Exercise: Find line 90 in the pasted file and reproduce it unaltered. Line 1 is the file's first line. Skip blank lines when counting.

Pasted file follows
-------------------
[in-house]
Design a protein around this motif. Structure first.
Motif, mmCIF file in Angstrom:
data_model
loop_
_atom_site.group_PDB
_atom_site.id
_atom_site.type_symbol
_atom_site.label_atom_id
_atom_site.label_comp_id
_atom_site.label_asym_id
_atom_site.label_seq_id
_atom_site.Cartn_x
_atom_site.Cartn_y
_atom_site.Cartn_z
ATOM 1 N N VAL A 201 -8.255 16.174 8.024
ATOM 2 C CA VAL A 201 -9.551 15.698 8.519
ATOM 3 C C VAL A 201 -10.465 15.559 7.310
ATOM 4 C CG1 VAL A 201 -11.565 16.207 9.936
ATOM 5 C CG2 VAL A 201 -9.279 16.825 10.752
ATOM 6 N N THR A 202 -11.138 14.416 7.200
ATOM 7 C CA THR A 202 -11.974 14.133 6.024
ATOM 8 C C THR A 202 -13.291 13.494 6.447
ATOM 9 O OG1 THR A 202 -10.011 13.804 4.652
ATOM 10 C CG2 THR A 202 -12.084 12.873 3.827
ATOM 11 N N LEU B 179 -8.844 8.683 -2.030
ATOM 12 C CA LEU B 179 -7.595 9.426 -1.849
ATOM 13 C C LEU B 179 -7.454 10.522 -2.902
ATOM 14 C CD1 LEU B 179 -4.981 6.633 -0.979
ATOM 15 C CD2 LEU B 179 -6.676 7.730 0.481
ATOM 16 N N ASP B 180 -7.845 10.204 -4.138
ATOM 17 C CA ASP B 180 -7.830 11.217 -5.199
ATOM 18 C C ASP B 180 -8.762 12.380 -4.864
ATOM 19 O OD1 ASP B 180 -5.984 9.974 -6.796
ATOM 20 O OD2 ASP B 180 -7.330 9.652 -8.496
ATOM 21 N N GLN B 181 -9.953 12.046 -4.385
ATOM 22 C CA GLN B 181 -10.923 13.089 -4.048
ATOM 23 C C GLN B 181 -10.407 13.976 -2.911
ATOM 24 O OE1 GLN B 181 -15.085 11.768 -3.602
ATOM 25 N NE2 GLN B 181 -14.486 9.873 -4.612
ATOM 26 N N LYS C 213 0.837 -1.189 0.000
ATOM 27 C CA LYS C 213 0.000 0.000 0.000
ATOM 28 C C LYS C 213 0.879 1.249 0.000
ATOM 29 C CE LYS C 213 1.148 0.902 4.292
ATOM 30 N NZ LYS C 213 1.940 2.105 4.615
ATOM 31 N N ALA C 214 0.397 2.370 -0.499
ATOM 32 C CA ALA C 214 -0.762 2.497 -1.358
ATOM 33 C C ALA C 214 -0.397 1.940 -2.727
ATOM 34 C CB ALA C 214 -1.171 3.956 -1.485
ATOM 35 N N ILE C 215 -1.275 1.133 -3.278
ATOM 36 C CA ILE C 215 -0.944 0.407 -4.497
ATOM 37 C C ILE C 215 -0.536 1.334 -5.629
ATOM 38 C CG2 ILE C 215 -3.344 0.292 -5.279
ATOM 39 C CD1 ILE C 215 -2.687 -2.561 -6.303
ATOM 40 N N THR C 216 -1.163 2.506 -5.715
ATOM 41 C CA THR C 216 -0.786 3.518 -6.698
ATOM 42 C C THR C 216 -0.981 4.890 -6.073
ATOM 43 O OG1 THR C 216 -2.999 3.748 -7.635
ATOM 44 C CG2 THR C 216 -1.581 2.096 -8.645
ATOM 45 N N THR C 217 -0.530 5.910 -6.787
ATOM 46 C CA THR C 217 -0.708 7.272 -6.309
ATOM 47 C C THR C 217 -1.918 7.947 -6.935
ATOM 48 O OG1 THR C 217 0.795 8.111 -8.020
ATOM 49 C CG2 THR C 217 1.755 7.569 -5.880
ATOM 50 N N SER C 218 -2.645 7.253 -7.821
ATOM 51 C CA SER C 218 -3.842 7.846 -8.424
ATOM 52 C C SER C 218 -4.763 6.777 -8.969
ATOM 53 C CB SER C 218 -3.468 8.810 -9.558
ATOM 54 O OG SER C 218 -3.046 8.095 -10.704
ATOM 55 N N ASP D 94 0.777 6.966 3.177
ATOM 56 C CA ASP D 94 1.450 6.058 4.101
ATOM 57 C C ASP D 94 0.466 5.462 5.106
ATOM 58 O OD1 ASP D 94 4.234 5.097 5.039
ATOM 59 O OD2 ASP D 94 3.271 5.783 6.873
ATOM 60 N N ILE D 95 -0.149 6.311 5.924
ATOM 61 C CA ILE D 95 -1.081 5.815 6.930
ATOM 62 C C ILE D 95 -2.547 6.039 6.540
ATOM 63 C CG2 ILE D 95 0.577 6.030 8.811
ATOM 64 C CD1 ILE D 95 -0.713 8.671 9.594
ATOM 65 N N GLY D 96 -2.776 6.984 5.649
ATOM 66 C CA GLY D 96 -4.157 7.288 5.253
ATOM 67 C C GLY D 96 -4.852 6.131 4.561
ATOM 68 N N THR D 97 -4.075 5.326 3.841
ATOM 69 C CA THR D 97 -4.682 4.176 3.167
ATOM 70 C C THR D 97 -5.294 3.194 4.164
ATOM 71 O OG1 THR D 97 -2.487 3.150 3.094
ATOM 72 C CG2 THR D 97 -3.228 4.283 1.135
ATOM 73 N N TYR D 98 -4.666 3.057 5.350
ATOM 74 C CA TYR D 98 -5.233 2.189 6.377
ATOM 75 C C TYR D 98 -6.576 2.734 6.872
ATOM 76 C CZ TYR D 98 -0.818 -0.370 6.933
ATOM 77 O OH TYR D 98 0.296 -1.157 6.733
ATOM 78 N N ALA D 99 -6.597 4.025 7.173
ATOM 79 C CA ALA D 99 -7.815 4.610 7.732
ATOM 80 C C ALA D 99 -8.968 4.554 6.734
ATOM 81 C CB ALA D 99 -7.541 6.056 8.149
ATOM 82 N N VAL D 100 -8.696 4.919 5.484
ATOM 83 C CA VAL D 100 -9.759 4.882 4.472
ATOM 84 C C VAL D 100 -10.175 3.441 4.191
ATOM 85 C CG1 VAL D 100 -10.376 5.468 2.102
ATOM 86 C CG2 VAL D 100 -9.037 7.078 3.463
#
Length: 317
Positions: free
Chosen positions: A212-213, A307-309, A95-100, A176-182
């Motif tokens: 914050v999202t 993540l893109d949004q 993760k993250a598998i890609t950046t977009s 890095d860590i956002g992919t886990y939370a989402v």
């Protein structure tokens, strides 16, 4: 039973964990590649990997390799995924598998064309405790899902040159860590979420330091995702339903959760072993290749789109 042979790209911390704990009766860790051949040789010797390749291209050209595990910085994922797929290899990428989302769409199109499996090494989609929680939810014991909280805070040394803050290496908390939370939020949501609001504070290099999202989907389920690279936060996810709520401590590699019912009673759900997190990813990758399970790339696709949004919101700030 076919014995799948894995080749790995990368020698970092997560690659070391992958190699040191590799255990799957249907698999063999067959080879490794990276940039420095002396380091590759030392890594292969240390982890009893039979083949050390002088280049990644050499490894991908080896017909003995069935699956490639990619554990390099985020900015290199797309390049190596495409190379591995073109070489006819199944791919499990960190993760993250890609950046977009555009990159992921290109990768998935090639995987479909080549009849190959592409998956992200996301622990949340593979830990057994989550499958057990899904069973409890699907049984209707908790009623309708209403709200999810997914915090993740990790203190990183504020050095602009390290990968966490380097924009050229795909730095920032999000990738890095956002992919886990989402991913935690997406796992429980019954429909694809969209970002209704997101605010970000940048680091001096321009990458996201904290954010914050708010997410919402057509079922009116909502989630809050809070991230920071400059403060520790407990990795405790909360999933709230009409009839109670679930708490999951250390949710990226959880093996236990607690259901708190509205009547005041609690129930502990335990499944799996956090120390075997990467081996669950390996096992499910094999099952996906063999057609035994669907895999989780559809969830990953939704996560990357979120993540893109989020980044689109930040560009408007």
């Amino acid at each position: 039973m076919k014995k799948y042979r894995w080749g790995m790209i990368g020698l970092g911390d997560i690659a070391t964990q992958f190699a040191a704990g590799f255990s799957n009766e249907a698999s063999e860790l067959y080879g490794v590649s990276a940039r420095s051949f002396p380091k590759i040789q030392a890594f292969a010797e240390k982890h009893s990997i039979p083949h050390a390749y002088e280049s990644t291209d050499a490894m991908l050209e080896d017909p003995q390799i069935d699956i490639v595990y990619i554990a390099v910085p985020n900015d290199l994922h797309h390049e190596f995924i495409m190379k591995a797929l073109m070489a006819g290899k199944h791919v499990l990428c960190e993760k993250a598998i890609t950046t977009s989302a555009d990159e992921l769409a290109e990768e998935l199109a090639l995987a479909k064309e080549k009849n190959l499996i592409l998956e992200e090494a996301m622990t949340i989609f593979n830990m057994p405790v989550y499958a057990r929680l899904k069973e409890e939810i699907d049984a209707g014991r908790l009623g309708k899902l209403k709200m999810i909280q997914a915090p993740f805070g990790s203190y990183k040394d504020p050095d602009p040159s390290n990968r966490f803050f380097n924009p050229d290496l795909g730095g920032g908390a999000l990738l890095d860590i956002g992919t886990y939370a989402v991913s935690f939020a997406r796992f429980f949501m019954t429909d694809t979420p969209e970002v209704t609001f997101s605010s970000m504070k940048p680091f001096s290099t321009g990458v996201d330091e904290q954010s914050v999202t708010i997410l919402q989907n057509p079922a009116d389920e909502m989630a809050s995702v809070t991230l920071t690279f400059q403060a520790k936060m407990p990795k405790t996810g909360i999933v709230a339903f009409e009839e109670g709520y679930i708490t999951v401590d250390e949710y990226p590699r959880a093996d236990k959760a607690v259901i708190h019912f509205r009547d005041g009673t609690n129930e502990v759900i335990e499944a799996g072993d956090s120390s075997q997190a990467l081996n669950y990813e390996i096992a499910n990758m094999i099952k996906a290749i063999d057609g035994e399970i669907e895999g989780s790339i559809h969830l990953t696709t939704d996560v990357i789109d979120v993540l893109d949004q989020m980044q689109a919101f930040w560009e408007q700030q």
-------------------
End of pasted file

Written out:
ATOM 75 C C TYR D 98 -6.576 2.734 6.872